Posted by: michaelhanegan | May 2, 2009

Towards a more Holisitic Understanding of Salvation…

This is the first post in what I hope will become a valuable discussion.

What is salvation?

Some of the responses would be…

  • Forgiveness of Sins
  • Eternal Life
  • Indwelling of the Holy Spirit
  • A Home in Heaven (when we die)
  • Membership in the church

But for the most part we tend to limit our discussions (and maybe this reflects a limited understanding on our part) of salvation to just a couple of metaphors.

James D. G. Dunn in his book, The Theology of the Apostle Paul gives a list of Pauline metaphors for salvation. Keep in mind this list is only from Paul’s writings and not the rest of the New Testament.

  • Justification
  • Redemption
  • Liberation and Freedom
  • Reconciliation
  • Waking Up
  • Night Turning into Day
  • Putting on or Taking off Clothes or Armor
  • Receiving an Invitation
  • Writing a Letter
  • Sowing and Watering
  • Irrigation
  • Grafting
  • Harvest
  • Seal or Stamp
  • Priestly Service (but not the person of “Priest”)
  • Circumcision
  • Washing and Purifying
  • New Creation
  • New Birth

Listen to the concluding thoughts that Dunn offers after this intriguing list…

Two lines of reflection emerge from consideration of such a kaleidoscope of images. One is that these metaphors bring out the reality of the experience of the new beginning for Paul. Evidently they all described something in the experience of his readers with which they could identify. Something had happened in their lives, something of major importance. Underlying all these metaphors was some tremendously significant event, a turning pointof great moment. One does not use images like birth, marriage, and death for everyday occurrences. They only function as images for events which are literally life-changing.

…it means that many of Paul’s first readers experienced the gospel as acceptance, liberation, or rescue, as cleansing and new dedication, as a dying to an old life and beginning of a new. There is little evidence that Paul preached for conviction of sin or to stir up feelings of guilt. Nevertheless, for so many of his converts the gospel was received and experienced as an answer to unresolved riddles, as a solution to their plight. In a word, Paul’s gospel met real and felt needs.

…the very different metaphors Paul drew upon were presumably attempts to express as fully as possible a reality which defied a simple or uniform or unifaceted description. There was something so rich and real in the various experiences of conversion which Paul’s gospel brought about that Paul had to ransack the language available to him to find ways of describing them.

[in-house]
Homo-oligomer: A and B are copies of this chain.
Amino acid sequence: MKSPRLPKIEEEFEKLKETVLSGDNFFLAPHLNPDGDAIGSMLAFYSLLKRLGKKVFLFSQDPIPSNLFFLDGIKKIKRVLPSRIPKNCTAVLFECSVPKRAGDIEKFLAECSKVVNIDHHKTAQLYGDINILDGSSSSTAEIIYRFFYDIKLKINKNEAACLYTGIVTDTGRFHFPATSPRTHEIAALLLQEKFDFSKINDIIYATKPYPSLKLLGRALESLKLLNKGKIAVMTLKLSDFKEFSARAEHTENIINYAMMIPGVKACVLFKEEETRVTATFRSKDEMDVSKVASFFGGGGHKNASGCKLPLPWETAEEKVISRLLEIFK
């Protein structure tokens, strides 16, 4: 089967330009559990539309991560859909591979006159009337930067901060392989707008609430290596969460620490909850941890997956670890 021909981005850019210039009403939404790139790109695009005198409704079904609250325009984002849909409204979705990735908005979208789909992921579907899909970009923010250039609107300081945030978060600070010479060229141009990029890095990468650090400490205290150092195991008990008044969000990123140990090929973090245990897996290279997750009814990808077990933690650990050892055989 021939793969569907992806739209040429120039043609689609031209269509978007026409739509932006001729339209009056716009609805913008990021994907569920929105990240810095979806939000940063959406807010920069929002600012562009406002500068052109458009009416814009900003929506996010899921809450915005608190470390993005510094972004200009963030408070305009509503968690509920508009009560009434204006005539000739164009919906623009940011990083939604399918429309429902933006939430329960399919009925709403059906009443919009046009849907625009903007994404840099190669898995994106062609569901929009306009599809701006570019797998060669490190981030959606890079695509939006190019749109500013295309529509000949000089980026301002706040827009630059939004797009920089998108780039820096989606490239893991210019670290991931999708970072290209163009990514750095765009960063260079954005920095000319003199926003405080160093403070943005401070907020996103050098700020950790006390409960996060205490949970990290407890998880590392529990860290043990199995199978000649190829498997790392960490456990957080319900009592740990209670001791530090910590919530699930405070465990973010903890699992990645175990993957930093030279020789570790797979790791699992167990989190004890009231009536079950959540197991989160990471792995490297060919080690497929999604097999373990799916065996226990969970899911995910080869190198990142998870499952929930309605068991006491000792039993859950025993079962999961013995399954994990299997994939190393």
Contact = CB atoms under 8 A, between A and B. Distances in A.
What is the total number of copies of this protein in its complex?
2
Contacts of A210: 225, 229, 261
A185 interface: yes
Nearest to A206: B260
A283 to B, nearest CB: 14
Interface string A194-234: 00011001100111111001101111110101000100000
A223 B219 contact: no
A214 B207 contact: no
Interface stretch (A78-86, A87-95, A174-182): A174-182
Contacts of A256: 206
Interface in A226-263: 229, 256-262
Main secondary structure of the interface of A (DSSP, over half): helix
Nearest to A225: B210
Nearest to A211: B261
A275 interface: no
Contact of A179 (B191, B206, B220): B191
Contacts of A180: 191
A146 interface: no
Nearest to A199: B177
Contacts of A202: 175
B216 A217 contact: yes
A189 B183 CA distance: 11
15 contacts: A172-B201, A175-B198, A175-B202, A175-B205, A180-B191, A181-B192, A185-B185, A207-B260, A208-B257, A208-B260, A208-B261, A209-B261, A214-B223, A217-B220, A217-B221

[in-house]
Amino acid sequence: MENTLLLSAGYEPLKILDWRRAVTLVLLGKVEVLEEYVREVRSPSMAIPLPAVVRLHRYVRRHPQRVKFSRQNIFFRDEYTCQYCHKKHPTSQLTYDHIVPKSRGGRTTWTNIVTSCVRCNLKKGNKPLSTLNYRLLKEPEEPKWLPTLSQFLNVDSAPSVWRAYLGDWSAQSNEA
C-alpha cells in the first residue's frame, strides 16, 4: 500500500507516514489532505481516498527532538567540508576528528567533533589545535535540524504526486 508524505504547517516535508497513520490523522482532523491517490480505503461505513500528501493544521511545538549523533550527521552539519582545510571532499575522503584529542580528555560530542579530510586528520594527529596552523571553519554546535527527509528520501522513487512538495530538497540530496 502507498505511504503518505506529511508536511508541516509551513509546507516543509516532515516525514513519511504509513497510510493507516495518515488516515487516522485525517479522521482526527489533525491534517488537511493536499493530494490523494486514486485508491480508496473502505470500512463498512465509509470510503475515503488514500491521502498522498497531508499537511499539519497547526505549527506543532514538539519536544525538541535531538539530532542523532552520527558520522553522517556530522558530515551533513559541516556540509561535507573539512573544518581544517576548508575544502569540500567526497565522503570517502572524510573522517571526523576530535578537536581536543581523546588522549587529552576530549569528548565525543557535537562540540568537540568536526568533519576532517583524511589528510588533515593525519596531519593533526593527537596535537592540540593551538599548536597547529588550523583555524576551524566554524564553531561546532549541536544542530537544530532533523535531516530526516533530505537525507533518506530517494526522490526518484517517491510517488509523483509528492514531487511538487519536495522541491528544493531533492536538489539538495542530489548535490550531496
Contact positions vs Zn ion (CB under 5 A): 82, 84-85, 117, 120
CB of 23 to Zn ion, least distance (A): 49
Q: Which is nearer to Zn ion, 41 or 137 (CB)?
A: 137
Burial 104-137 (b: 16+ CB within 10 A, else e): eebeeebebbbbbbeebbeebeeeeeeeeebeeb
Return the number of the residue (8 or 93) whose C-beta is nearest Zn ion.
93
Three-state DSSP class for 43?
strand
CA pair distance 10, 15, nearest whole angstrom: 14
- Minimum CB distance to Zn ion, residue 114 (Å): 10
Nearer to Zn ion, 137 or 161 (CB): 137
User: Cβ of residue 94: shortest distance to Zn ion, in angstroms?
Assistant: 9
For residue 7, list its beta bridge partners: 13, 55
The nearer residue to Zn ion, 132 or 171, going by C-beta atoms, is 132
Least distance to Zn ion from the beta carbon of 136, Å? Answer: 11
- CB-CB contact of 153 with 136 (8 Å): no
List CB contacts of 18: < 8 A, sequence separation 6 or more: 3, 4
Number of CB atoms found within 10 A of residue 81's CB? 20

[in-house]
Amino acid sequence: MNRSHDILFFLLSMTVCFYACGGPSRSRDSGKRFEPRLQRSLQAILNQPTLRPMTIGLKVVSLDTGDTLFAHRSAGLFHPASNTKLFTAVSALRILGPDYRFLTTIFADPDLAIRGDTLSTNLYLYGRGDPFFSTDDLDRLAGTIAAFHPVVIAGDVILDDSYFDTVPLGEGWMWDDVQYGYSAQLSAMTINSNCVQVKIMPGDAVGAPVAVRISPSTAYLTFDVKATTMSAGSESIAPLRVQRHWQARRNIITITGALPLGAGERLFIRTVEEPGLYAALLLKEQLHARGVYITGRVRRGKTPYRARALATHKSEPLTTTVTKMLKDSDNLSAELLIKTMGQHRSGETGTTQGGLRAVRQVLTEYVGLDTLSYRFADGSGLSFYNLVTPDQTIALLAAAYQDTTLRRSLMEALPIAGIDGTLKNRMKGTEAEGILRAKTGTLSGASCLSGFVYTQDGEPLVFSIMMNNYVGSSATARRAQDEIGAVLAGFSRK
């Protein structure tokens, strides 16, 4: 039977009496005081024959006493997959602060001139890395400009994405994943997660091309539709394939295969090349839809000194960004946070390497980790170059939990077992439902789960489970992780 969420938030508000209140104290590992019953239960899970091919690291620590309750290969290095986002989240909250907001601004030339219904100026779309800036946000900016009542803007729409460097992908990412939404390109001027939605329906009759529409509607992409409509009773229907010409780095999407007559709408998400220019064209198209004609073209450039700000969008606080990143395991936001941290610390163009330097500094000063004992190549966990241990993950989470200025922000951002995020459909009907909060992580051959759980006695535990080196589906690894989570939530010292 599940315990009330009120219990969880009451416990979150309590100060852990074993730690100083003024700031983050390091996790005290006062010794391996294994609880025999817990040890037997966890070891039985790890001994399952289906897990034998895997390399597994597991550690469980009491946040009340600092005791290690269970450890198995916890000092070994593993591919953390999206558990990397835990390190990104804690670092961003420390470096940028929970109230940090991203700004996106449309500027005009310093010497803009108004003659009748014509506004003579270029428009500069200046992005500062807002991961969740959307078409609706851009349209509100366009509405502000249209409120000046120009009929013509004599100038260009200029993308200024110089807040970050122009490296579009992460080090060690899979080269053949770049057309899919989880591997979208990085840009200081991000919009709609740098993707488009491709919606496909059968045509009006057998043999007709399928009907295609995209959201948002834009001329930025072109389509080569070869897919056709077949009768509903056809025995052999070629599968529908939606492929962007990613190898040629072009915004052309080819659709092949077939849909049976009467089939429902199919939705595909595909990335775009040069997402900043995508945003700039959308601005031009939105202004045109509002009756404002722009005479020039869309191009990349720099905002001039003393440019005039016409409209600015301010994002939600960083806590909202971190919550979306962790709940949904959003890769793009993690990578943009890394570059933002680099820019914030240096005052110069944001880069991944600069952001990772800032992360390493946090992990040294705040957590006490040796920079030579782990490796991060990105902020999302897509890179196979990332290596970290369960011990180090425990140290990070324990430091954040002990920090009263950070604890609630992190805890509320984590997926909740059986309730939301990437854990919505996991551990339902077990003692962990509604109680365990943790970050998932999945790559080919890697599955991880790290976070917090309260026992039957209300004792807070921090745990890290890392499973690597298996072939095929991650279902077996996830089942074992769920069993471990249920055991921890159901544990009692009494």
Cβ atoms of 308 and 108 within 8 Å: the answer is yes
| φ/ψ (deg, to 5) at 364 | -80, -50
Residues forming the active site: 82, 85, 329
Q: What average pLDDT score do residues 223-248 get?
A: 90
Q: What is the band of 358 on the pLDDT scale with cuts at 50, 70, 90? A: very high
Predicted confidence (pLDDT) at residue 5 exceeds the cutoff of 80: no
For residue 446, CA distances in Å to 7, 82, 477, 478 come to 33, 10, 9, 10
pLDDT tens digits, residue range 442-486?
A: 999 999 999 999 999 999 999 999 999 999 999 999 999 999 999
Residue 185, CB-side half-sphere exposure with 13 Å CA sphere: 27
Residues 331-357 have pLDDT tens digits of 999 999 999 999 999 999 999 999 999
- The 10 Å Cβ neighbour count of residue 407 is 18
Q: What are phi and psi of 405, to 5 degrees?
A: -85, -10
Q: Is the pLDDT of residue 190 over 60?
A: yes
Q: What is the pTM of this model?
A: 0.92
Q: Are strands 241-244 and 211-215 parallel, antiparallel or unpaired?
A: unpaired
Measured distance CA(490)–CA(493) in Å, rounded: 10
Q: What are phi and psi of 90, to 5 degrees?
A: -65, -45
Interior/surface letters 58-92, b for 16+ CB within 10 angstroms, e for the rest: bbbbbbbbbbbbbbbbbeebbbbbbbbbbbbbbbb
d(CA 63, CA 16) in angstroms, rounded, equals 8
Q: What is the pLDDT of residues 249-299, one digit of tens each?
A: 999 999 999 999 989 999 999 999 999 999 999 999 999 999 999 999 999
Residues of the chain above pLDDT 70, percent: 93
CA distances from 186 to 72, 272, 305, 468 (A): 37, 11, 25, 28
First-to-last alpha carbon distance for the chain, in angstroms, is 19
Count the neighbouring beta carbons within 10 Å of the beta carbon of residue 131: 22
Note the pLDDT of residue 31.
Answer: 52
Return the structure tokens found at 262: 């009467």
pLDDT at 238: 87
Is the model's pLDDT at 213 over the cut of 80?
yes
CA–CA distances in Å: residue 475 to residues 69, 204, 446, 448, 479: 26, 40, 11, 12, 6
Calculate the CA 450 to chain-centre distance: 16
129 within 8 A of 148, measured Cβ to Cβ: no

…For the wide variety of metaphors presumably reflects a wide variety of experiences. Given that variety, it would be a mistake to take any one of Paul’s metaphors and to exalt it to some primary or normative status so that all the others must be fitted into this mould. … The danger is that the event of new beginning in faith comes to be conceptualized as of necessity following a particular pattern, the same for everyone.

…To attempt to dispense with metaphors or to reduce their poetry to the prose of clinical analysis would be as great a disservice as any that theology could be guilty of.

(Here he cites Fitzmeyer quoting: [Paul offers us] “not theories but vivid metaphors, which can, if we let them operate in our imagination, make real to us the saving truth of our redemption by Christ’s self-offering on our behalf… It is an unfortunate kind of sophistication which believes that they only thing to do with metaphors is to turn them into theories.”)

So how can we take into to account the “kaleidoscope” of images that we have for salvation to better understand just exactly what God does, is doing, and will do in the event/process that we call “salvation”?

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Responses

  1. Hey Michael, I like it!

    Fits very well into the “Year of Saint Paul” that I’ve been posting about the last year and there are many deeper things that I believe the Lord is teaching His churches today about what the New Creation in Christ involves NOW.

    I’m reading a very stimulating book by a 34 year old guy in Georgia that has a pretty good start on the larger vision- “Christ In Y’All” (2008). He is giving away the e-book that basically is the same minus a chapter on taking a step back and seeing the big picture-what is the purpose of God in all of this. I recommend especially to Newbigin readers this book.

    John Paul Todd
    e4unity.wordpress.com

  2. I’ve pondered this one for awhile. All I can share is my personal metaphor, which I believe God has given me to help my particular brain get a grasp on what he has done.

    Imagine a man at the bottom of a lake. For weeks. Months. Dead. An EMT swims down, pulls the cadaver to shore, and in a matter of moments, the guy is up and around, looking and acting normal. Wow!

    The saved guy thanks the EMT profusely, but in the next few minutes he finds out more and more of his own story – what he was saved from. Thanks turns to awe. Awe turns to following – he now wants the EMT to teach him these skills, so there can be two of them doing this for people on the earth.

    When I hear “salvation”, that’s what I think of. We were dead in sin, unable to even hear the call of God. Salvation is God’s prerogative, part of His story, His plan. There is much to rejoice about, and much to worship about.

  3. One thing that seems lost in the soteriological matrix among Western Christianity is the Eastern understanding of *theosis* which understands redemption as the restoration of what God created us to be and to live as.

    Grace and peace,

    Rex

  4. Brad: that metaphor is AMAZING.


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